A summary of research exploring the impact of off-gassing from materials used to insulate homes has been published in the Natural Ventilation Special Interest Group newsletter.
Dzhordzhio Naldzhiev, of University College London, introduces his latest paper exploring emissions from polyurethane (PU) products and how they affect indoor environmental quality.
The researchers examined all chemical emissions from PU products, and concentrations found in real environments, throughout the entire product life-cycle, including raw materials, emissions during production, application and use, and even emissions in extreme scenarios, such as during fires.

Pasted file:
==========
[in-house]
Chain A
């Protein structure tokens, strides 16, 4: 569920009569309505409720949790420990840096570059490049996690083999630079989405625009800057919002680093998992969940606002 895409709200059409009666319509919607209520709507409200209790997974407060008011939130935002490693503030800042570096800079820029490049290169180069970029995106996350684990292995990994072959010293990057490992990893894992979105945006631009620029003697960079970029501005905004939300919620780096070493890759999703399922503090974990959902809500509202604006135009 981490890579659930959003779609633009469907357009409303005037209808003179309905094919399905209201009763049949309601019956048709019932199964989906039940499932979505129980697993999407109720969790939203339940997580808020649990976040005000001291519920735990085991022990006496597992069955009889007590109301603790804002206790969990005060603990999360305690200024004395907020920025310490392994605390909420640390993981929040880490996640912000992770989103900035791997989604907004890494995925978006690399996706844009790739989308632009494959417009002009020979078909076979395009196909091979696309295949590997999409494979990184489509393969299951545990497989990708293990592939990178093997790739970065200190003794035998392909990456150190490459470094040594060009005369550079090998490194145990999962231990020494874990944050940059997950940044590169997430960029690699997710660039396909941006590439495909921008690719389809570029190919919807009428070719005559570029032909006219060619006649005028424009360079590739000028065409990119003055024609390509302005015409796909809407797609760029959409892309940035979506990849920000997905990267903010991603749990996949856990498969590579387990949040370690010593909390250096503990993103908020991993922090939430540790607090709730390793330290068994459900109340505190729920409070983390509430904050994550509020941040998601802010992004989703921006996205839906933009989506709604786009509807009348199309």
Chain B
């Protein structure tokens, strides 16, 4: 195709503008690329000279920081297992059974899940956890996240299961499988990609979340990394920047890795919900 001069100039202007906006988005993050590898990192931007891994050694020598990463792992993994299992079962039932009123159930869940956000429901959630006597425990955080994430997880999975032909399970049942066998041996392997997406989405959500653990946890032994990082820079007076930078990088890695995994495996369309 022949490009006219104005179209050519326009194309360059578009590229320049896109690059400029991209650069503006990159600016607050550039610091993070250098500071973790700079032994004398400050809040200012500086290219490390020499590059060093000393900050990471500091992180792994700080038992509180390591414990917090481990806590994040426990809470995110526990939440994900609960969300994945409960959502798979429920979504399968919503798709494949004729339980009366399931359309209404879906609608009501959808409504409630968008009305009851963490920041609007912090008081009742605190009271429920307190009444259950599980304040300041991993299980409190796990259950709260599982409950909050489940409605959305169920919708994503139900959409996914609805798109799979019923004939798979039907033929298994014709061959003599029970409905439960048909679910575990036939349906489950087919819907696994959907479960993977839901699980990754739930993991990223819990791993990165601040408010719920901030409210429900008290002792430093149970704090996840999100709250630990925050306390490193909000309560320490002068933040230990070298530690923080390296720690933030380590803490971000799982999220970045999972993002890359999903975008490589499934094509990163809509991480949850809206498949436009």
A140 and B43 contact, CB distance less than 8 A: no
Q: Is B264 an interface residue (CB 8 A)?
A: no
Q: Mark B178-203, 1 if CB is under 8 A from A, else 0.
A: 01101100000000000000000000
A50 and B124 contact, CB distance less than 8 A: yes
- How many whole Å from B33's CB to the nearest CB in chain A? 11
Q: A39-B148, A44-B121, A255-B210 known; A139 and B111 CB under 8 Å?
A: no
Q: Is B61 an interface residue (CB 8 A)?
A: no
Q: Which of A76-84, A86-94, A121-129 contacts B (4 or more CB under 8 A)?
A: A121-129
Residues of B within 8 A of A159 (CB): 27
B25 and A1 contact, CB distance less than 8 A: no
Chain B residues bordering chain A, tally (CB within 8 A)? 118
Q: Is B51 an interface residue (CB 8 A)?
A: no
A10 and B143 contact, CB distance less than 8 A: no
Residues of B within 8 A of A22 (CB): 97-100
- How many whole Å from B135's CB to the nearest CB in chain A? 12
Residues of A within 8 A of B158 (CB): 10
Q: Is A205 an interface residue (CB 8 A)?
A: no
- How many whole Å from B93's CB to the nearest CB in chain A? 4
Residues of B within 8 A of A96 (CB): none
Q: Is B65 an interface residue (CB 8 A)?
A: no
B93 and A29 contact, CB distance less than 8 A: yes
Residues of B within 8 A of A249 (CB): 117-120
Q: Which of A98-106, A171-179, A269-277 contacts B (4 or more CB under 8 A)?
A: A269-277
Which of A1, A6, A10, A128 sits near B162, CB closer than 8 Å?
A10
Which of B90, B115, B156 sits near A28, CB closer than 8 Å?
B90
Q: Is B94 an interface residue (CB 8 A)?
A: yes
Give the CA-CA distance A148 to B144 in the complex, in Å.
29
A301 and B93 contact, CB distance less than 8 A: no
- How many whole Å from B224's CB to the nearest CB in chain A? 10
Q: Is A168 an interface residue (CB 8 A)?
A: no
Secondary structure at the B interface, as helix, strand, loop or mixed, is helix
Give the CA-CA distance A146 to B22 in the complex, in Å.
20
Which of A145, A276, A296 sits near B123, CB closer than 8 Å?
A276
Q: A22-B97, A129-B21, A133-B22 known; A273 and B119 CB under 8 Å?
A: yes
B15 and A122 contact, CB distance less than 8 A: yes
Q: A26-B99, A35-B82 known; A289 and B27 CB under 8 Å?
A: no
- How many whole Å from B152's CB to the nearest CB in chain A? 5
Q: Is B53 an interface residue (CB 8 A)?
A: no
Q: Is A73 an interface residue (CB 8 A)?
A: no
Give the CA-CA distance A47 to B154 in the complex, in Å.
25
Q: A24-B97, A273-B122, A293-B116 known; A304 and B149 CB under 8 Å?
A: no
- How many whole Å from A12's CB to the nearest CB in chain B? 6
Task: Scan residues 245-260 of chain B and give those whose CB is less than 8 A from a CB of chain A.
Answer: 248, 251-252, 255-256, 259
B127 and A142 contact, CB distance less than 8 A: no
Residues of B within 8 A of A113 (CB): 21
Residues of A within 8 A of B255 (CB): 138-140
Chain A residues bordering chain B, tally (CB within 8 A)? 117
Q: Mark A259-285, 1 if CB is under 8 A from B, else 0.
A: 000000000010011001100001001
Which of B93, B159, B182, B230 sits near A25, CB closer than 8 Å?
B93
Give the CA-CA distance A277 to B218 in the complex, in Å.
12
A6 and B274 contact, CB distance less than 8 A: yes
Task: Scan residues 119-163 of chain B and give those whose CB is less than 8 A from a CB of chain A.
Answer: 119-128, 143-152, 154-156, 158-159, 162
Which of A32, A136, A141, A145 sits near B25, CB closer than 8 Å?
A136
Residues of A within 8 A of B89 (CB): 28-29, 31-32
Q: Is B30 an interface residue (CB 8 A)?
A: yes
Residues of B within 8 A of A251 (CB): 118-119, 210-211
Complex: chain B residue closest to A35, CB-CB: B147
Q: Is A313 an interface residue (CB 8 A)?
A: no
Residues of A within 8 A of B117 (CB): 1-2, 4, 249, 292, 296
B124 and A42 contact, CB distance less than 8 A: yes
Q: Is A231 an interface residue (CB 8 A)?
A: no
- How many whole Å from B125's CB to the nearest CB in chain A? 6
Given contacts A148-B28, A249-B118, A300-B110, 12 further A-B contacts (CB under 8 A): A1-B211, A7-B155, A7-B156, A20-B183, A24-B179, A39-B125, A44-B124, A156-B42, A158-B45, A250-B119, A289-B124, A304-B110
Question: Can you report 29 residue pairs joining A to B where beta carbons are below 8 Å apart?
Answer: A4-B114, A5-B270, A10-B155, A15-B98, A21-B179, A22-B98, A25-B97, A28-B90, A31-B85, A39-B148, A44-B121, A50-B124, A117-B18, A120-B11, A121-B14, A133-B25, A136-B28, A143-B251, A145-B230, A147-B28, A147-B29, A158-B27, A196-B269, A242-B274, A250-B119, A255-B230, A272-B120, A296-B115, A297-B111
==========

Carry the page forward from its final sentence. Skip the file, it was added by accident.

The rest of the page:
In the next phase, Naldzhiev plans to record long-term (six to 12 months) emission rates from various PU materials, to understand how volatile organic compound emissions vary over time.
He said the data should provide a better understanding of how building furnishings and building materials interact with the indoor environment, and how their emissions could be controlled through ventilation strategies.
Naldzhiev’s laboratory and field work data could be used for the development of robust air-quality simulation tools, and for coupling indoor air quality and energy models.